One of the most frequent requests I receive is to explain how to calculate GST (Goods and Services Tax) using Excel formulas.

If you want to calculate GST quickly and accurately, you’re in the right place! In this tutorial, I’ll show you how to use Excel formulas to add and remove GST, calculate the GST-inclusive total, and remove the GST amount from a total.

**Skill Level: **Beginner

👉 **Bonus**: Download my ready-to-use **GST Calculator** workbook below to follow along and try the formulas! **Download the GST Calculator Workbook**

## Calculate GST for NZ, Australia and Other Countries

I’m based in New Zealand, where the GST rate is 15%, represented as 0.15 in decimal form. If you’re in a country with a different tax rate, adjust the formulas by substituting 15% (0.15) with your local rate. For example:

- In
**Australia**, where GST is 10%, substitute**0.15 with 0.1**or 15% with 10%. - In
**India**, where GST can be 18%, substitute**0.15 with 0.18**or 15% with 18%. - In
**Canada**, where some regions have a GST rate of 5%, substitute**0.15 with 0.05**or 15% with 5%. - In the
**United Kingdom**, where VAT is 20%, substitute**0.15 with 0.2**or 15% with 20%.

This way, the formulas will work correctly with your country’s GST or VAT rate.

**Note: **You can find in-depth information on calculating GST in New Zealand on the NZ Inland Revenue website. For GST and VAT tax rates in other countries, visit the PWC World Tax Summaries page.

## 1. Excel Formula to Add GST

Let’s start by calculating the **GST component **of a **GST-exclusive **amount. To do this, multiply the value that excludes GST by 15% or 0.15. To find the total, including GST, add the two values together.

In the example below, cell B6 is multiplied by 0.15, the decimal form of 15%. You can enter 0.15 or 15% into the formula, and Excel will calculate the correct answer.

In cell B8, the GST-exclusive amount held in B6 and the GST held in cell B7 have been added to give the GST-inclusive amount.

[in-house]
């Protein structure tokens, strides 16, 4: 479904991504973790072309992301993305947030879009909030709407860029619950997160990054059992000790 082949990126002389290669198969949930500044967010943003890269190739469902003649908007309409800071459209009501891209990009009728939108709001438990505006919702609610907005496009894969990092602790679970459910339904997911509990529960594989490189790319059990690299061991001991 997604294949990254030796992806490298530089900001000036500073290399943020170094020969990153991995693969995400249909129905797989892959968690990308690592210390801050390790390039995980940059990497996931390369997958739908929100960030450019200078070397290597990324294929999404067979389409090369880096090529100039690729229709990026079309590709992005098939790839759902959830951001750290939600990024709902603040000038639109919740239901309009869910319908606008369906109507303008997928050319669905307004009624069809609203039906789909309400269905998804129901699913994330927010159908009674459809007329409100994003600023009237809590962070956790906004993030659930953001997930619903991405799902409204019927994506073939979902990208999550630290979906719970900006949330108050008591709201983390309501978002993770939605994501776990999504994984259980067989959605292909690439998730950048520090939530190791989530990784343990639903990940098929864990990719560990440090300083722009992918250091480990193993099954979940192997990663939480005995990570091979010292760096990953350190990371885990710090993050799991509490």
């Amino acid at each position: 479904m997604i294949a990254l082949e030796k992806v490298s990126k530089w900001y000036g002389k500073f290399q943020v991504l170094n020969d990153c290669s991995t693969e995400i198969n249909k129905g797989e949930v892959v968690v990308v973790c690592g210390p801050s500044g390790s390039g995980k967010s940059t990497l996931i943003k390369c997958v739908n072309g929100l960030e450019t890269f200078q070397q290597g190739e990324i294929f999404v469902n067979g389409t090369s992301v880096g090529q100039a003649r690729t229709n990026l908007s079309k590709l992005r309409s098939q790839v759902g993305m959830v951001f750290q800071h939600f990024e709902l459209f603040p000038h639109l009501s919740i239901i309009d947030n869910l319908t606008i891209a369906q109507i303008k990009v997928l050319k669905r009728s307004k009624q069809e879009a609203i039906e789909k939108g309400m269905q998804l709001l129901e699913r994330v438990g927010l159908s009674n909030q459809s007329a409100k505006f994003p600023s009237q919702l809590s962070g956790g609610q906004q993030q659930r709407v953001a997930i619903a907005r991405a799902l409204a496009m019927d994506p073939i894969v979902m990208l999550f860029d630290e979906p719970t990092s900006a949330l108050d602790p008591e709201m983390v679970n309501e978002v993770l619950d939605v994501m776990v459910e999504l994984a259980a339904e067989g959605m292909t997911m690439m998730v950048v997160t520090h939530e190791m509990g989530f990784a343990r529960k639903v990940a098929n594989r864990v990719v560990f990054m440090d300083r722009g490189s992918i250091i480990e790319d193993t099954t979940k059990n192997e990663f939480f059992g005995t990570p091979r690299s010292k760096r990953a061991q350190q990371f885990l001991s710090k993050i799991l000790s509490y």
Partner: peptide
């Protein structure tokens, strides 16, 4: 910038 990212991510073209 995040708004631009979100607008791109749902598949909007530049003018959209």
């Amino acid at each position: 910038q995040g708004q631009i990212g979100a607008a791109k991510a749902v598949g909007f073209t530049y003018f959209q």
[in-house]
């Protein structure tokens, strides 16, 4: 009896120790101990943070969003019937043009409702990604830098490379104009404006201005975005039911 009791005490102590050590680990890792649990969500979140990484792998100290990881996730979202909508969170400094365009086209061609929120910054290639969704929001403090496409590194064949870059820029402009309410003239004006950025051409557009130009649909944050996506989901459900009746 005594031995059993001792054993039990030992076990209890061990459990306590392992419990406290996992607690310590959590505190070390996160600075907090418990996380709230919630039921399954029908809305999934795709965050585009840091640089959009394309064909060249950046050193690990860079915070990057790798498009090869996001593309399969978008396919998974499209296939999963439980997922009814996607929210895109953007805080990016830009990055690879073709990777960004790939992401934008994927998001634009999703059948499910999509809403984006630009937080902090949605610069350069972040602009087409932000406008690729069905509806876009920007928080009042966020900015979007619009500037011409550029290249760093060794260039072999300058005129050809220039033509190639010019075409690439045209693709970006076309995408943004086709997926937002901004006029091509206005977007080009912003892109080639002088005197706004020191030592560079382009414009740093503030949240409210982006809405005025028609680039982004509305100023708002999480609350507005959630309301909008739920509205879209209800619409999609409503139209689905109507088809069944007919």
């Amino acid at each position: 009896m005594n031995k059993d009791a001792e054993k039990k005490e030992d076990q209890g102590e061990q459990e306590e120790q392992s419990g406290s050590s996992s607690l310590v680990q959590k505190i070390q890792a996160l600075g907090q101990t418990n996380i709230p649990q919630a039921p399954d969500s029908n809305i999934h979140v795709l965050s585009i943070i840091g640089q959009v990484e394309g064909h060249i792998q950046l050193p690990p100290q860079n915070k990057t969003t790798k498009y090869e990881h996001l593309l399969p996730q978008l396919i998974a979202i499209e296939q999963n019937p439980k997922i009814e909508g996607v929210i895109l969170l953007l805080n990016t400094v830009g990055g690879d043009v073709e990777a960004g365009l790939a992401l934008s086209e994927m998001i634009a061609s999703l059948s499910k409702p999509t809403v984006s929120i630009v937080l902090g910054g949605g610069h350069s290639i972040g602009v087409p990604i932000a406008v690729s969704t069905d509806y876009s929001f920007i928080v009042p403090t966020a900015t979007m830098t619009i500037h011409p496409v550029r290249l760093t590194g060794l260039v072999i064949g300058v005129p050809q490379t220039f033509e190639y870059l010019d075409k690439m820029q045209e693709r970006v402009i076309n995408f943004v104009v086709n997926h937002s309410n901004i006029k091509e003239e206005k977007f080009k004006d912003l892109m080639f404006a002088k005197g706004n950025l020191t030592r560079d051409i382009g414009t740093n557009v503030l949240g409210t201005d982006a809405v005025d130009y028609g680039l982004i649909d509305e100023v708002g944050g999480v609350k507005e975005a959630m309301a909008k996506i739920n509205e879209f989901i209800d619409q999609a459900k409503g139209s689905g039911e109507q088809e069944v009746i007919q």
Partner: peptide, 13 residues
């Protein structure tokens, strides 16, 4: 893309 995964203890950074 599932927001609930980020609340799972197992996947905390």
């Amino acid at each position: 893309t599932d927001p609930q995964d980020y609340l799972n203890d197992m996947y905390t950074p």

## 2. Excel Formula to Calculate the Total, including GST

Sometimes, you only want to calculate the **Total figure, including the GST**. So, let’s now look at calculating the total, including GST.

This time, we multiply the total by **1.15** or 115%.

In this example, the value in B14 (exclusive of GST) is multiplied by 1.15 to give the total, including GST.

The same result would have been found if you had used 115% instead of the 1.15.

## 3. Excel Formula to Remove the GST amount from a Total

If you have a GST-inclusive total and need to calculate the GST-exclusive amount (i.e., remove GST), **divide the Total figure by 1.15**.

## 4. Formula to Calculate the GST amount from a Total

Now, let’s write a formula to find the GST content of a GST-inclusive total, i.e., **the amount of GST included in the total**.

This is extremely handy when you have a figure and need to find how much GST is included in the Total figure. I use this often when I’ve purchased something for work, and the receipt shows the total figure without the GST figure.

This formula contains two parts. First, multiply the GST-inclusive amount by 3 and divide this figure by 23.

**Notes:**

In the example below, the formula is written as =B28*3/23. Brackets (parentheses) are omitted. Excel will calculate the formula from left to right. However, if you prefer brackets, write the formula like this (B28*3)/23, and Excel will still calculate the GST correctly.

To find the GST portion of a total where the GST or VAT rate differs from 15%, use the following formula: =[GST-inclusive figure]-[GST-inclusive figure]/1+[Tax rate]